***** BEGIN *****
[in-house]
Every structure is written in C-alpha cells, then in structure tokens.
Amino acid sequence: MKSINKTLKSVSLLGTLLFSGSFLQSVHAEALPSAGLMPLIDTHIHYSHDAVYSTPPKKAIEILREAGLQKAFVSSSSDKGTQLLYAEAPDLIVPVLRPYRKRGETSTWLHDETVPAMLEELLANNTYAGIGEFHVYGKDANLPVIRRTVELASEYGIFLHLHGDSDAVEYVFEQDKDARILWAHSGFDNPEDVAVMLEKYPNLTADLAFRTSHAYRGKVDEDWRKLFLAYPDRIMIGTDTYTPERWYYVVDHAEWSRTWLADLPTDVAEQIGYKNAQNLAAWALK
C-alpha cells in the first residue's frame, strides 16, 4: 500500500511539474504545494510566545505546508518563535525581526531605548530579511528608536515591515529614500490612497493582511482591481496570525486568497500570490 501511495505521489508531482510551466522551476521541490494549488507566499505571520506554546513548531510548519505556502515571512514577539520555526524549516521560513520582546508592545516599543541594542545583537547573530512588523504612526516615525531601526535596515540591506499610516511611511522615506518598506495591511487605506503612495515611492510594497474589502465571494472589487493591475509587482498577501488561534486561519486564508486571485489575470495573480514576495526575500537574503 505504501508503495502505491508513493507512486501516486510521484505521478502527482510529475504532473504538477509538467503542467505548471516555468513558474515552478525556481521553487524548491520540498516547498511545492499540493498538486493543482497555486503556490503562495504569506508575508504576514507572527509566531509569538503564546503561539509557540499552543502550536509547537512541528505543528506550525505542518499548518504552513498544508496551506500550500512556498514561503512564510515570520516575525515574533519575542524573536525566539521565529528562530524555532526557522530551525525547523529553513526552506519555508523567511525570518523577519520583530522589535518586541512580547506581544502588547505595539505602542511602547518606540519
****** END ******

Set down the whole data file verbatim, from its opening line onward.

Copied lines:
[in-house]
Every structure is written in C-alpha cells, then in structure tokens.
Amino acid sequence: MKSINKTLKSVSLLGTLLFSGSFLQSVHAEALPSAGLMPLIDTHIHYSHDAVYSTPPKKAIEILREAGLQKAFVSSSSDKGTQLLYAEAPDLIVPVLRPYRKRGETSTWLHDETVPAMLEELLANNTYAGIGEFHVYGKDANLPVIRRTVELASEYGIFLHLHGDSDAVEYVFEQDKDARILWAHSGFDNPEDVAVMLEKYPNLTADLAFRTSHAYRGKVDEDWRKLFLAYPDRIMIGTDTYTPERWYYVVDHAEWSRTWLADLPTDVAEQIGYKNAQNLAAWALK
C-alpha cells in the first residue's frame, strides 16, 4: 500500500511539474504545494510566545505546508518563535525581526531605548530579511528608536515591515529614500490612497493582511482591481496570525486568497500570490 501511495505521489508531482510551466522551476521541490494549488507566499505571520506554546513548531510548519505556502515571512514577539520555526524549516521560513520582546508592545516599543541594542545583537547573530512588523504612526516615525531601526535596515540591506499610516511611511522615506518598506495591511487605506503612495515611492510594497474589502465571494472589487493591475509587482498577501488561534486561519486564508486571485489575470495573480514576495526575500537574503 505504501508503495502505491508513493507512486501516486510521484505521478502527482510529475504532473504538477509538467503542467505548471516555468513558474515552478525556481521553487524548491520540498516547498511545492499540493498538486493543482497555486503556490503562495504569506508575508504576514507572527509566531509569538503564546503561539509557540499552543502550536509547537512541528505543528506550525505542518499548518504552513498544508496551506500550500512556498514561503512564510515570520516575525515574533519575542524573536525566539521565529528562530524555532526557522530551525525547523529553513526552506519555508523567511525570518523577519520583530522589535518586541512580547506581544502588547505595539505602542511602547518606540519